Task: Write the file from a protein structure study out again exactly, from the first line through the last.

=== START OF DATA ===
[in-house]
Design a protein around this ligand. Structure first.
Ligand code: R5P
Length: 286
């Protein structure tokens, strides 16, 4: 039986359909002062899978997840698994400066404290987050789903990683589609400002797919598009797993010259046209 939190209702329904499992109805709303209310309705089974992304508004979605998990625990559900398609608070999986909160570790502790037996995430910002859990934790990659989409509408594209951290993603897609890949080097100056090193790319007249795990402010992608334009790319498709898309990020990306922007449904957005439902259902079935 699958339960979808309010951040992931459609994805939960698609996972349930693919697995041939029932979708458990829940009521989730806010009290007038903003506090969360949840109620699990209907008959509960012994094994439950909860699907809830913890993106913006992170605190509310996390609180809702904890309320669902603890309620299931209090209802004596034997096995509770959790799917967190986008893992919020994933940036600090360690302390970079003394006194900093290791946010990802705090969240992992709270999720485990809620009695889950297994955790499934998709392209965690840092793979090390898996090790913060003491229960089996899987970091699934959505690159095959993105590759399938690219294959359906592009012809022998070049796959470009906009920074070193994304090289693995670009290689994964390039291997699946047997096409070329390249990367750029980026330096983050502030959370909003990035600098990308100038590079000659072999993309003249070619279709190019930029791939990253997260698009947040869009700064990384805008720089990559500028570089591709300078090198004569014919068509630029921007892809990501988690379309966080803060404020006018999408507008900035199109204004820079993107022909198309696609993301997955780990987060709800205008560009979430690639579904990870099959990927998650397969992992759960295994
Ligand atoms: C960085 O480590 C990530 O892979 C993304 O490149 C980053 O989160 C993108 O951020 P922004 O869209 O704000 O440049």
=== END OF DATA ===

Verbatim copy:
[in-house]
Design a protein around this ligand. Structure first.
Ligand code: R5P
Length: 286
């Protein structure tokens, strides 16, 4: 039986359909002062899978997840698994400066404290987050789903990683589609400002797919598009797993010259046209 939190209702329904499992109805709303209310309705089974992304508004979605998990625990559900398609608070999986909160570790502790037996995430910002859990934790990659989409509408594209951290993603897609890949080097100056090193790319007249795990402010992608334009790319498709898309990020990306922007449904957005439902259902079935 699958339960979808309010951040992931459609994805939960698609996972349930693919697995041939029932979708458990829940009521989730806010009290007038903003506090969360949840109620699990209907008959509960012994094994439950909860699907809830913890993106913006992170605190509310996390609180809702904890309320669902603890309620299931209090209802004596034997096995509770959790799917967190986008893992919020994933940036600090360690302390970079003394006194900093290791946010990802705090969240992992709270999720485990809620009695889950297994955790499934998709392209965690840092793979090390898996090790913060003491229960089996899987970091699934959505690159095959993105590759399938690219294959359906592009012809022998070049796959470009906009920074070193994304090289693995670009290689994964390039291997699946047997096409070329390249990367750029980026330096983050502030959370909003990035600098990308100038590079000659072999993309003249070619279709190019930029791939990253997260698009947040869009700064990384805008720089990559500028570089591709300078090198004569014919068509630029921007892809990501988690379309966080803060404020006018999408507008900035199109204004820079993107022909198309696609993301997955780990987060709800205008560009979430690639579904990870099959990927998650397969992992759960295994
Ligand atoms: C960085 O480590 C990530 O892979 C993304 O490149 C980053 O989160 C993108 O951020 P922004 O869209 O704000 O440049």